Apple pie gets all the press, but for a simply adorable dessert, consider the apple dumpling.
A plump purse of tender dough encloses a whole apple oozing with cinnamony syrup. Adding some pastry "leaves" to make it look like an actual apple is a piece of cake.
Yes, this dessert is a whole pastry-encased apple, but a few simple steps pare down some of the richness and sweetness.
Many apple dumpling recipes call for frequent basting with a sugar syrup while baking. That may be traditional, but it also results in sogginess and extra calories. You can dispense with the syrup and never miss it.
We favored a biscuity pastry crust over the usual pie crust, finding it a more tender envelope for the apples and also easy to work with. The dough needs to chill before being rolled, anywhere from 45 minutes to overnight, so plan ahead.
Dumplings are best when made with smallish apples, no more than 3 inches in diameter. Good varieties include Golden Delicious, Jonagold, Jonathan, Braeburn or Ida Red, which hold their shape while baking but aren't overly firm.
A few other tips: You'll need to scoop out the inner core of the apple and the best tool for this is a melon baller. If you don't own one, consider this your best excuse to spend a couple of dollars on this handy tool.
After you've scooped out the seeds (being careful not to break through the bottom) turn the apple over and make a shallow scoop to remove the little remnant of the blossom. No reason for your last bite to include dried foliage.
The usual filling is a mix of brown sugar, cinnamon and butter. We like to add a few gratings of nutmeg, but you can add a few tablespoons of raisins, chopped nuts, some crystallized ginger or chopped dried fruit to the mixture. We also prefer the slightly-more-caramel flavor of cane sugar, available in the baking sections of most groceries.
Speaking of caramel, you can finish off your dumpling with a drizzle of your favorite syrup, or simply serve warm with ice cream or a dollop of whipped cream or creme fraiche.
A dumpling is a nice dessert to share, if it just seems too much.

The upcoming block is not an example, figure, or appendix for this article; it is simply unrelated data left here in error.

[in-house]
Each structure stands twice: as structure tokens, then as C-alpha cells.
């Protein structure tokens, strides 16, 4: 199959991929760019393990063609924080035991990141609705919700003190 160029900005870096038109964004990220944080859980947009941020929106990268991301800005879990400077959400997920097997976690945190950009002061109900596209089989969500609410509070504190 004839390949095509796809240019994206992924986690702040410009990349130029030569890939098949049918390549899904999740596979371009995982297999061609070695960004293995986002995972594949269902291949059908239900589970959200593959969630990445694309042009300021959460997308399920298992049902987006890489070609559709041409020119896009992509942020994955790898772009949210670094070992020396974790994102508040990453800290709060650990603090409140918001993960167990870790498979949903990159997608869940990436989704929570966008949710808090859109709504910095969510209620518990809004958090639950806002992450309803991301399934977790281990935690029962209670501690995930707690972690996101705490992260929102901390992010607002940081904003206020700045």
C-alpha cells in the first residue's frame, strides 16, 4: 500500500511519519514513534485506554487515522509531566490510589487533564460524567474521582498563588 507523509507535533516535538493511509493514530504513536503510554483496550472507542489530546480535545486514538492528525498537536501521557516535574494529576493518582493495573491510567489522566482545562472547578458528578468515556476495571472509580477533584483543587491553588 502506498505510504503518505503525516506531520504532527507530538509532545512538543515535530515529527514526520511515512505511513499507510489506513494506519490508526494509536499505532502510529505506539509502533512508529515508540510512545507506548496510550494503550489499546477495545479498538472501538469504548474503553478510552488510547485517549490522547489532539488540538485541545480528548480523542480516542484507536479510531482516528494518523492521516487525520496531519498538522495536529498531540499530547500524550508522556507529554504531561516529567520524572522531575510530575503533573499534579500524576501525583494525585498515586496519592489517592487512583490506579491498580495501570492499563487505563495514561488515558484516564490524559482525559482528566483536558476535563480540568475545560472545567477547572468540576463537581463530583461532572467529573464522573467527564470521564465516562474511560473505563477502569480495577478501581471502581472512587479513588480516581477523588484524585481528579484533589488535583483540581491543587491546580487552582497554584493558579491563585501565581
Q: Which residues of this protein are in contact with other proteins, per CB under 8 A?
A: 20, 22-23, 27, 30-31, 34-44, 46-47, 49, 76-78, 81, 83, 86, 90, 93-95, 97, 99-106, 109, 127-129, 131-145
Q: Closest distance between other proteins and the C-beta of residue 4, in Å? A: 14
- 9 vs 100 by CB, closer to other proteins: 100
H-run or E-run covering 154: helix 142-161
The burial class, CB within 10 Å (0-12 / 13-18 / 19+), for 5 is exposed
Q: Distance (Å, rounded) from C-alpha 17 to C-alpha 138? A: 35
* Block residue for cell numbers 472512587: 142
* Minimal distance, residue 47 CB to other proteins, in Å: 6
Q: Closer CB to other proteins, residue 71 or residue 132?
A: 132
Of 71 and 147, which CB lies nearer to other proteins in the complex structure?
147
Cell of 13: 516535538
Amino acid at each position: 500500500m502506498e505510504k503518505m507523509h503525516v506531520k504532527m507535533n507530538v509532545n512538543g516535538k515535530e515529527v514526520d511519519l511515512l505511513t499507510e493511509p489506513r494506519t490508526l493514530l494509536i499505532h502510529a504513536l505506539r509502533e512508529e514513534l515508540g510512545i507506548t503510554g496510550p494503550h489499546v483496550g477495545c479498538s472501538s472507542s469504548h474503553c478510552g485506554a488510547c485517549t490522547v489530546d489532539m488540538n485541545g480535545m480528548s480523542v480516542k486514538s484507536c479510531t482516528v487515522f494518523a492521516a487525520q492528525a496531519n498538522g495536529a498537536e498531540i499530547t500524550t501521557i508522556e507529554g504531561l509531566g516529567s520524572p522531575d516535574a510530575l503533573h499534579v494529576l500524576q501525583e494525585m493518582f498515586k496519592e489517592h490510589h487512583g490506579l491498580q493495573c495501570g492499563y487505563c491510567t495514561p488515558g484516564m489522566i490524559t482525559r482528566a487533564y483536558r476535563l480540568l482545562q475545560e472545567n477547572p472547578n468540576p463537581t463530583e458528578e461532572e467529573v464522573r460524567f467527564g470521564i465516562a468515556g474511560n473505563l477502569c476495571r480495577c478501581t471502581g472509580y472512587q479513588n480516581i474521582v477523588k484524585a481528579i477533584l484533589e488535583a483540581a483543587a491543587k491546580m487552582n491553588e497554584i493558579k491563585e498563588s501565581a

Or do what we do: Virtuously eat only half the dumpling, intending to save the rest for breakfast, then slowly pick at the remaining half until, lo and behold, it disappears!
•1 1/4 cup all-purpose flour
•2 teaspoons granulated sugar
•1 teaspoon baking powder
•1/2 teaspoon salt
•5 tablespoons cold unsalted butter
•2 tablespoons vegetable shortening
•1/2 cup buttermilk
•1/4 cup brown sugar, packed
•1/2 teaspoon cinnamon
•Pinch of freshly grated nutmeg
•1 tablespoon warm unsalted butter
•4 small apples
•1 egg white, slightly beaten
•Decorative or sparkling sugar
Whisk together flour, sugar, baking powder and salt. Add butter and shortening and work into small crumbs.
Add the buttermilk and stir until it comes together in a soft dough. Knead and squeeze the dough a few times until it holds together. Shape it into a disc, wrap in plastic wrap and refrigerate at least 45 minutes. Overnight is OK, too.
Mix together the brown sugar, cinnamon and nutmeg. Work in the butter until crumbly. Set aside.
Preheat the oven to 425 degrees and remove dough from refrigerator.
Peel the apples. Remove the core and seeds using a melon baller (or a paring knife and spoon). Be careful not to cut through. Remove the blossom end from each apple, fill and set aside.
On a lightly floured surface, roll out the pastry dough to a 13-inch square, checking often under the dough to make sure it's not sticking and adding flour as needed. Use ruler and a knife or pizza cutter to cut out four 6-inch squares. Reserve the dough remnants.
Place an apple in the center of each pastry square. Lightly brush the edges with the beaten egg white. Bring each corner up to the top of the apple, press together to secure, then pinch the seams to enclose the apple.
Set dumplings on a rimmed sheet pan. Cut leaf shapes from the dough remnants, using a paring knife to make vein lines. Attach two leaves to each dumpling, then brush with egg white and sprinkle with sparkling sugar.
Bake for 20 to 30 minutes. Check after 20 minutes by inserting a small knife into the dumpling. There should be some "give" in the apple. Bake until golden and the apples are tender.
Serve warm with ice cream, whipped cream or creme fraiche. Drizzle with caramel sauce if desired.